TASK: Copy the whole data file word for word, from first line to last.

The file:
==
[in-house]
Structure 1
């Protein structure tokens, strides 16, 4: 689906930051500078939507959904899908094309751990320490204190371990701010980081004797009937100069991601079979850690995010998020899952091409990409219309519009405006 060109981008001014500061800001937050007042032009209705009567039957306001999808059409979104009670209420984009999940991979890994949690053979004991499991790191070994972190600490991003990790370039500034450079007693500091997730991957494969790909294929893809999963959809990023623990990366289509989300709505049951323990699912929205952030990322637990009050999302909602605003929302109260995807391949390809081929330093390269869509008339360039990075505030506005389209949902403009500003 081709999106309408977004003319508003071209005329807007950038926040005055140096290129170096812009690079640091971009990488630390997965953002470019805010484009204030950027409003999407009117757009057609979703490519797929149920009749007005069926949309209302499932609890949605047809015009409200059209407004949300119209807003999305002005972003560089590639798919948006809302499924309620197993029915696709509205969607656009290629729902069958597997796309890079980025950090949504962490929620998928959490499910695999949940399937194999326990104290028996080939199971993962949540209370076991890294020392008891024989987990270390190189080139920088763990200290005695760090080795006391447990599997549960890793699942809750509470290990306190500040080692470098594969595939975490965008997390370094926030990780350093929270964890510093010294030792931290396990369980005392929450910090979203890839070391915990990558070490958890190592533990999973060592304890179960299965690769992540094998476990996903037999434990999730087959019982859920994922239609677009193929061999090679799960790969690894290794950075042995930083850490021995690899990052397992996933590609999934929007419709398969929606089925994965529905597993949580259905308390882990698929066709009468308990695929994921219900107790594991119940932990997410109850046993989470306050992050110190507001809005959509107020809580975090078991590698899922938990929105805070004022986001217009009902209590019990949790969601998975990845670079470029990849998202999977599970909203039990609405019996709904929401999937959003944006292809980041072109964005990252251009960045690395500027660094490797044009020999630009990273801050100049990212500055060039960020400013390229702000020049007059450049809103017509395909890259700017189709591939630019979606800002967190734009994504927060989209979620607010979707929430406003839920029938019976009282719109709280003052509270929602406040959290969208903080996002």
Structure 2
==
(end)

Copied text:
[in-house]
Structure 1
């Protein structure tokens, strides 16, 4: 689906930051500078939507959904899908094309751990320490204190371990701010980081004797009937100069991601079979850690995010998020899952091409990409219309519009405006 060109981008001014500061800001937050007042032009209705009567039957306001999808059409979104009670209420984009999940991979890994949690053979004991499991790191070994972190600490991003990790370039500034450079007693500091997730991957494969790909294929893809999963959809990023623990990366289509989300709505049951323990699912929205952030990322637990009050999302909602605003929302109260995807391949390809081929330093390269869509008339360039990075505030506005389209949902403009500003 081709999106309408977004003319508003071209005329807007950038926040005055140096290129170096812009690079640091971009990488630390997965953002470019805010484009204030950027409003999407009117757009057609979703490519797929149920009749007005069926949309209302499932609890949605047809015009409200059209407004949300119209807003999305002005972003560089590639798919948006809302499924309620197993029915696709509205969607656009290629729902069958597997796309890079980025950090949504962490929620998928959490499910695999949940399937194999326990104290028996080939199971993962949540209370076991890294020392008891024989987990270390190189080139920088763990200290005695760090080795006391447990599997549960890793699942809750509470290990306190500040080692470098594969595939975490965008997390370094926030990780350093929270964890510093010294030792931290396990369980005392929450910090979203890839070391915990990558070490958890190592533990999973060592304890179960299965690769992540094998476990996903037999434990999730087959019982859920994922239609677009193929061999090679799960790969690894290794950075042995930083850490021995690899990052397992996933590609999934929007419709398969929606089925994965529905597993949580259905308390882990698929066709009468308990695929994921219900107790594991119940932990997410109850046993989470306050992050110190507001809005959509107020809580975090078991590698899922938990929105805070004022986001217009009902209590019990949790969601998975990845670079470029990849998202999977599970909203039990609405019996709904929401999937959003944006292809980041072109964005990252251009960045690395500027660094490797044009020999630009990273801050100049990212500055060039960020400013390229702000020049007059450049809103017509395909890259700017189709591939630019979606800002967190734009994504927060989209979620607010979707929430406003839920029938019976009282719109709280003052509270929602406040959290969208903080996002």
Structure 2